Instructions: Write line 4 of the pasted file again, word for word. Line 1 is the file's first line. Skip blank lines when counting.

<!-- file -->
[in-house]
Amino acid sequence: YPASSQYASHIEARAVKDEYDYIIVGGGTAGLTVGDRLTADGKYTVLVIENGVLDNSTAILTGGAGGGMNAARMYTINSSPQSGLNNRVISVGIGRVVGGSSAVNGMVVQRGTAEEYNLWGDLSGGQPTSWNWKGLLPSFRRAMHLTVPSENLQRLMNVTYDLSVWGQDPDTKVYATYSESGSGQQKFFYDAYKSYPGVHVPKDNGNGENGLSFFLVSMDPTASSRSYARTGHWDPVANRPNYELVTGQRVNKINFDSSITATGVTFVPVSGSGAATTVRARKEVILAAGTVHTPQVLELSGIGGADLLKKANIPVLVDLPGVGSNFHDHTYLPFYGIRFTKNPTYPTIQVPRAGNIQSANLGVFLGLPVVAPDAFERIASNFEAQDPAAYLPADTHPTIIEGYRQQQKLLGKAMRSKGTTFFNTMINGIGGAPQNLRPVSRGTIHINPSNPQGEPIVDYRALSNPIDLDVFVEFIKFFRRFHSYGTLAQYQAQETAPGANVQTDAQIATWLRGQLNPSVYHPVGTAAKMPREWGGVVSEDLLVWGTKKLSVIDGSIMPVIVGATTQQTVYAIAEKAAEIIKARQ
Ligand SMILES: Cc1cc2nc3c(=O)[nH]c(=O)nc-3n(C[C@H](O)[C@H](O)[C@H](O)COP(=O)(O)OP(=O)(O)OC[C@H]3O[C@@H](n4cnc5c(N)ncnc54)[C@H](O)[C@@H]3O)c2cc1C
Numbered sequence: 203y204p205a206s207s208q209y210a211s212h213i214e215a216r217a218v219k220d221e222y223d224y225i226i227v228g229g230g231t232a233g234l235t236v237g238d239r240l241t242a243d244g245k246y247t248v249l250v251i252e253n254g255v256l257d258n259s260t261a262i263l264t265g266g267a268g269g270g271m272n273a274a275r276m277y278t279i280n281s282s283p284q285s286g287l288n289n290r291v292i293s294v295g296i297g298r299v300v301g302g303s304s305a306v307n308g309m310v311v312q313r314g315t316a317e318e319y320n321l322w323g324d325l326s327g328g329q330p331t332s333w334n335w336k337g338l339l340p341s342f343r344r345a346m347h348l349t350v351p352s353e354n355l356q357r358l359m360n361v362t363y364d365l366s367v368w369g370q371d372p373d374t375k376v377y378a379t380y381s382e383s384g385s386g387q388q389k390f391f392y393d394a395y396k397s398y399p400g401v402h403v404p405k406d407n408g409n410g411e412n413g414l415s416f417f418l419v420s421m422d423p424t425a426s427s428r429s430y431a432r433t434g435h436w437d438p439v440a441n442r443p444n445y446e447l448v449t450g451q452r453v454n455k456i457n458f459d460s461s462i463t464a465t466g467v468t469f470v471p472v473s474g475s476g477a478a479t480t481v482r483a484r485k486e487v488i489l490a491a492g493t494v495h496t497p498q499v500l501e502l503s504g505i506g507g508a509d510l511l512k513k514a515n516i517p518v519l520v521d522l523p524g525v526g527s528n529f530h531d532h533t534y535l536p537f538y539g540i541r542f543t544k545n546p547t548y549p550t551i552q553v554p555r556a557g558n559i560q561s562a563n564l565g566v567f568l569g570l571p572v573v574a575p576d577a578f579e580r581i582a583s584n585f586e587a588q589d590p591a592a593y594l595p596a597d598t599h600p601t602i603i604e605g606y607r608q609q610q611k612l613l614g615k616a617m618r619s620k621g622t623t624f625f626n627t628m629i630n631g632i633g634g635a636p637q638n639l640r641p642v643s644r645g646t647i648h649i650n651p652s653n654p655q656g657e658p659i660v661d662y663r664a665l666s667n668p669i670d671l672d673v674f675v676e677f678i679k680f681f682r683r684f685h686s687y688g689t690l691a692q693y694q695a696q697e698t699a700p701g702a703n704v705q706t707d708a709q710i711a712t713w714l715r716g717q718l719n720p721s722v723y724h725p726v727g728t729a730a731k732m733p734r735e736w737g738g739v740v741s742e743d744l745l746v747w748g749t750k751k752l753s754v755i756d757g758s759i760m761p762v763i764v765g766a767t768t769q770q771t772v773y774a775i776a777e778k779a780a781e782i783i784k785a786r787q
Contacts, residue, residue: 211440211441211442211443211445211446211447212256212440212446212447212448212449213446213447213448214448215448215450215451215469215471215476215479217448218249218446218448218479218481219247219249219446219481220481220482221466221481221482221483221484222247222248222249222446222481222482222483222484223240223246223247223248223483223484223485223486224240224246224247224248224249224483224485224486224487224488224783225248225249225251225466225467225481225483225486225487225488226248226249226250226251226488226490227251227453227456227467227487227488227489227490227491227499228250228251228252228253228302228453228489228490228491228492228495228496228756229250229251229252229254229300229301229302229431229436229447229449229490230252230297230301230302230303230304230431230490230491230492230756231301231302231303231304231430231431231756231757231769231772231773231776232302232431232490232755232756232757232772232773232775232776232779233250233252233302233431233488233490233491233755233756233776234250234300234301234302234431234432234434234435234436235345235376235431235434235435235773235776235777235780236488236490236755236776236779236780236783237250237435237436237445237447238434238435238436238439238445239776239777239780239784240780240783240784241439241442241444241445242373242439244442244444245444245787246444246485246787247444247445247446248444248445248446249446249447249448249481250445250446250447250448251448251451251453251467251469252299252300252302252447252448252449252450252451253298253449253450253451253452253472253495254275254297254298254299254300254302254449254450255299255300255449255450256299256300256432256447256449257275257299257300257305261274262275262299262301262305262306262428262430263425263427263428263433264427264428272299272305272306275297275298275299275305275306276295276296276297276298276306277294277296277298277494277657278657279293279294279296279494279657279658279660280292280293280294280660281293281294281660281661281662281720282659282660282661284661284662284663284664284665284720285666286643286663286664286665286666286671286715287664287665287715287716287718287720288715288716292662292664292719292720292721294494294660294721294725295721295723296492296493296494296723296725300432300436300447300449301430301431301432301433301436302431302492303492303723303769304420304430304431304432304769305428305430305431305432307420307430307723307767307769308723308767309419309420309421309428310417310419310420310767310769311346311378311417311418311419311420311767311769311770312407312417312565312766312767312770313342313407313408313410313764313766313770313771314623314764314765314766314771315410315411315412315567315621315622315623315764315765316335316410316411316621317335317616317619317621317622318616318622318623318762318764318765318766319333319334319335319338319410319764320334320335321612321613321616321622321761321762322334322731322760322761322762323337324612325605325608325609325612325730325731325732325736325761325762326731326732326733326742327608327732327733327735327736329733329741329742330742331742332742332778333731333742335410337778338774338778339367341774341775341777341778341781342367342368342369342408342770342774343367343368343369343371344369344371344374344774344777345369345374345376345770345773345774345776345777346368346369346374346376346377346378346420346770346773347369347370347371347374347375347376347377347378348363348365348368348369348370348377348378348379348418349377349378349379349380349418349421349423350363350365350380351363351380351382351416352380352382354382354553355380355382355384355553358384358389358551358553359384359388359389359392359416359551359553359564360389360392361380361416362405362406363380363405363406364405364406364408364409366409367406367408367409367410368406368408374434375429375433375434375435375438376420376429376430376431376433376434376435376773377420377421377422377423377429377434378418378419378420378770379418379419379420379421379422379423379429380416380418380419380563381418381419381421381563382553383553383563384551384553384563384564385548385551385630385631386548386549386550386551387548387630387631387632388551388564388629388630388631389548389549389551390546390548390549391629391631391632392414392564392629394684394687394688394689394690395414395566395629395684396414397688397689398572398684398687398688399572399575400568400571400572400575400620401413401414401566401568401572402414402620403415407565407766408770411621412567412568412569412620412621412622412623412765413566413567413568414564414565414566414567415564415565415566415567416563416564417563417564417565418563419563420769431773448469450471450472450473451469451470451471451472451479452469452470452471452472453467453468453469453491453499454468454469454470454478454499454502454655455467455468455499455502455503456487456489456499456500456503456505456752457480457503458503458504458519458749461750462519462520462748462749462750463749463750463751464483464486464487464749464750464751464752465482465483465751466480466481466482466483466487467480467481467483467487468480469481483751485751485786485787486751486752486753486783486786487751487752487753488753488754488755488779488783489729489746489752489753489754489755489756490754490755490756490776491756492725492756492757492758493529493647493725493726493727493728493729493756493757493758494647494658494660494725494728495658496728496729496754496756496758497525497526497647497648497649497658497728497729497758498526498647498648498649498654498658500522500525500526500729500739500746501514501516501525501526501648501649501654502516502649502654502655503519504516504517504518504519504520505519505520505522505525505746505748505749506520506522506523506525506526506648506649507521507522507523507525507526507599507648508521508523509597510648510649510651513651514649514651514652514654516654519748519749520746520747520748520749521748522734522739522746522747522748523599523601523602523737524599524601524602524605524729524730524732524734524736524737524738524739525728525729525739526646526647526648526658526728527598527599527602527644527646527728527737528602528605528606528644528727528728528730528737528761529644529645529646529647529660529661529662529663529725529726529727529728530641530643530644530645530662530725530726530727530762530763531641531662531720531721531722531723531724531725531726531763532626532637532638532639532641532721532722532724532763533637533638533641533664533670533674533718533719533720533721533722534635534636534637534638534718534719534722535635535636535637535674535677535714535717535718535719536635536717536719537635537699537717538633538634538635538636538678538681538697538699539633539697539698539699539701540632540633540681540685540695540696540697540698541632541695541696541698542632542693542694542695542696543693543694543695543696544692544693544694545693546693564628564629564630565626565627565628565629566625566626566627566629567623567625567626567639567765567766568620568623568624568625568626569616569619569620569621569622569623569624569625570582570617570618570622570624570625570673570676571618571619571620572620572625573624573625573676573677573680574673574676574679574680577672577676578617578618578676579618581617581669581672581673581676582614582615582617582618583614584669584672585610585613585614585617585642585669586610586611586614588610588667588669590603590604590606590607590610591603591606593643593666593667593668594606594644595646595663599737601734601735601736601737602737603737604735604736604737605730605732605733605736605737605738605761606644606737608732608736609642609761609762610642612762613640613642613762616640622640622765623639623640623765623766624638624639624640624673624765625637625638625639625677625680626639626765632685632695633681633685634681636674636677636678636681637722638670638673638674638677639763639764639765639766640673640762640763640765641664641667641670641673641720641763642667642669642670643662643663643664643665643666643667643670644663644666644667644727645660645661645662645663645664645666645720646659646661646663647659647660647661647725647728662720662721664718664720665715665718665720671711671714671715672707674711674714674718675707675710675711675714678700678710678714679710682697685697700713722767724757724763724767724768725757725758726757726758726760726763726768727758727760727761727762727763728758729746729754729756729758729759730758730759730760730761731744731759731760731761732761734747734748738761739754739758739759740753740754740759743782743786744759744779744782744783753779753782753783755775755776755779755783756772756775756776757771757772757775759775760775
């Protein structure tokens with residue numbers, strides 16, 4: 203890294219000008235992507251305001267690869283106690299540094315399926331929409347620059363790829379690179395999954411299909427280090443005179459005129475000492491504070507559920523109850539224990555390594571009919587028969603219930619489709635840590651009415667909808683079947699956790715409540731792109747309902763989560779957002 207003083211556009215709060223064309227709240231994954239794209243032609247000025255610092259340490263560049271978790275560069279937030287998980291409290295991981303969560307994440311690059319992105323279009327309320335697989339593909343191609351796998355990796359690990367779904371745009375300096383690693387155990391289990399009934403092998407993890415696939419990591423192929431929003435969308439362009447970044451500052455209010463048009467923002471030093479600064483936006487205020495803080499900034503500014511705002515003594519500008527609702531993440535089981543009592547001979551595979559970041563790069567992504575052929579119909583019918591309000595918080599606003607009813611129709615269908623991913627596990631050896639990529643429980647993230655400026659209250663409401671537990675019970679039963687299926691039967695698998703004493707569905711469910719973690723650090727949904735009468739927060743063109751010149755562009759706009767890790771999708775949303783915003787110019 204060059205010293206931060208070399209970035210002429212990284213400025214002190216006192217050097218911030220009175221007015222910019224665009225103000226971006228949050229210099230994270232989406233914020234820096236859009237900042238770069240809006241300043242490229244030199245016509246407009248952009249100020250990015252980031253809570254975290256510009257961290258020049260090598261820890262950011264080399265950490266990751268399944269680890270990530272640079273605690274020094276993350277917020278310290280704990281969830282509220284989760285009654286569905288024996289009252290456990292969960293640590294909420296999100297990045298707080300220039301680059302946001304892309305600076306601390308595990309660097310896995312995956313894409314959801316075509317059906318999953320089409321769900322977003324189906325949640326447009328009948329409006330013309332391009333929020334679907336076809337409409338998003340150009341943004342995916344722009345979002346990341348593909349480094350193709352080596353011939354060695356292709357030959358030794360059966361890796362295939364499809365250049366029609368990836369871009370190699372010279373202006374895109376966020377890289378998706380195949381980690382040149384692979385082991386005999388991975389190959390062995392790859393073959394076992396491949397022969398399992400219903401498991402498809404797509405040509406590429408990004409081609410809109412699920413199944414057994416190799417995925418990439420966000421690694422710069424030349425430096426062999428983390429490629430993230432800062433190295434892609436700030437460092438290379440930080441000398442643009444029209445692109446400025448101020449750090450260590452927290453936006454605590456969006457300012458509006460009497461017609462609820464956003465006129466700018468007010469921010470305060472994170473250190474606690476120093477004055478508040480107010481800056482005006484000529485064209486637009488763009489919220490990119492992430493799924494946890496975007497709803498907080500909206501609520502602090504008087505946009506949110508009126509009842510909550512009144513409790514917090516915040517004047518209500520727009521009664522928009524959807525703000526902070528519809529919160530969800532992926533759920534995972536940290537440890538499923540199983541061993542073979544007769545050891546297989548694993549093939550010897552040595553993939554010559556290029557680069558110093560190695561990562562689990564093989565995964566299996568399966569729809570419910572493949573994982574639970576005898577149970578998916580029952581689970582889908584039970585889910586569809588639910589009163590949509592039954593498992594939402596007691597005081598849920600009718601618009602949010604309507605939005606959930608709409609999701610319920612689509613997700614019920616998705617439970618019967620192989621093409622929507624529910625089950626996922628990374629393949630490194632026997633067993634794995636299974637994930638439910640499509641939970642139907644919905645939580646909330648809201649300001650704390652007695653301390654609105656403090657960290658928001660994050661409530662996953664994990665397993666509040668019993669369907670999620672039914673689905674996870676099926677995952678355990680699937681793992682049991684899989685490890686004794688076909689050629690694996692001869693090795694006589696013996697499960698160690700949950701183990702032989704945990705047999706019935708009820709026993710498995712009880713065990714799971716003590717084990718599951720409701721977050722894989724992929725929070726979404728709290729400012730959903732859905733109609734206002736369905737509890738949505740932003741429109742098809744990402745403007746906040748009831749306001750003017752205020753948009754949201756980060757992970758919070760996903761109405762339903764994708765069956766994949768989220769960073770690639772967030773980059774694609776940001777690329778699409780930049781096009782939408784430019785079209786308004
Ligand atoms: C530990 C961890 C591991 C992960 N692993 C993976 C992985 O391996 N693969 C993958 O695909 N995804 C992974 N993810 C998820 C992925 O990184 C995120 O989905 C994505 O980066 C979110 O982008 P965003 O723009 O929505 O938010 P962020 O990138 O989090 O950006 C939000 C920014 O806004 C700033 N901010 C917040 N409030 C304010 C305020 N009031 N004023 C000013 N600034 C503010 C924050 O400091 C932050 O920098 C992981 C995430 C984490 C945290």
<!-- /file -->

Numbered sequence: 203y204p205a206s207s208q209y210a211s212h213i214e215a216r217a218v219k220d221e222y223d224y225i226i227v228g229g230g231t232a233g234l235t236v237g238d239r240l241t242a243d244g245k246y247t248v249l250v251i252e253n254g255v256l257d258n259s260t261a262i263l264t265g266g267a268g269g270g271m272n273a274a275r276m277y278t279i280n281s282s283p284q285s286g287l288n289n290r291v292i293s294v295g296i297g298r299v300v301g302g303s304s305a306v307n308g309m310v311v312q313r314g315t316a317e318e319y320n321l322w323g324d325l326s327g328g329q330p331t332s333w334n335w336k337g338l339l340p341s342f343r344r345a346m347h348l349t350v351p352s353e354n355l356q357r358l359m360n361v362t363y364d365l366s367v368w369g370q371d372p373d374t375k376v377y378a379t380y381s382e383s384g385s386g387q388q389k390f391f392y393d394a395y396k397s398y399p400g401v402h403v404p405k406d407n408g409n410g411e412n413g414l415s416f417f418l419v420s421m422d423p424t425a426s427s428r429s430y431a432r433t434g435h436w437d438p439v440a441n442r443p444n445y446e447l448v449t450g451q452r453v454n455k456i457n458f459d460s461s462i463t464a465t466g467v468t469f470v471p472v473s474g475s476g477a478a479t480t481v482r483a484r485k486e487v488i489l490a491a492g493t494v495h496t497p498q499v500l501e502l503s504g505i506g507g508a509d510l511l512k513k514a515n516i517p518v519l520v521d522l523p524g525v526g527s528n529f530h531d532h533t534y535l536p537f538y539g540i541r542f543t544k545n546p547t548y549p550t551i552q553v554p555r556a557g558n559i560q561s562a563n564l565g566v567f568l569g570l571p572v573v574a575p576d577a578f579e580r581i582a583s584n585f586e587a588q589d590p591a592a593y594l595p596a597d598t599h600p601t602i603i604e605g606y607r608q609q610q611k612l613l614g615k616a617m618r619s620k621g622t623t624f625f626n627t628m629i630n631g632i633g634g635a636p637q638n639l640r641p642v643s644r645g646t647i648h649i650n651p652s653n654p655q656g657e658p659i660v661d662y663r664a665l666s667n668p669i670d671l672d673v674f675v676e677f678i679k680f681f682r683r684f685h686s687y688g689t690l691a692q693y694q695a696q697e698t699a700p701g702a703n704v705q706t707d708a709q710i711a712t713w714l715r716g717q718l719n720p721s722v723y724h725p726v727g728t729a730a731k732m733p734r735e736w737g738g739v740v741s742e743d744l745l746v747w748g749t750k751k752l753s754v755i756d757g758s759i760m761p762v763i764v765g766a767t768t769q770q771t772v773y774a775i776a777e778k779a780a781e782i783i784k785a786r787q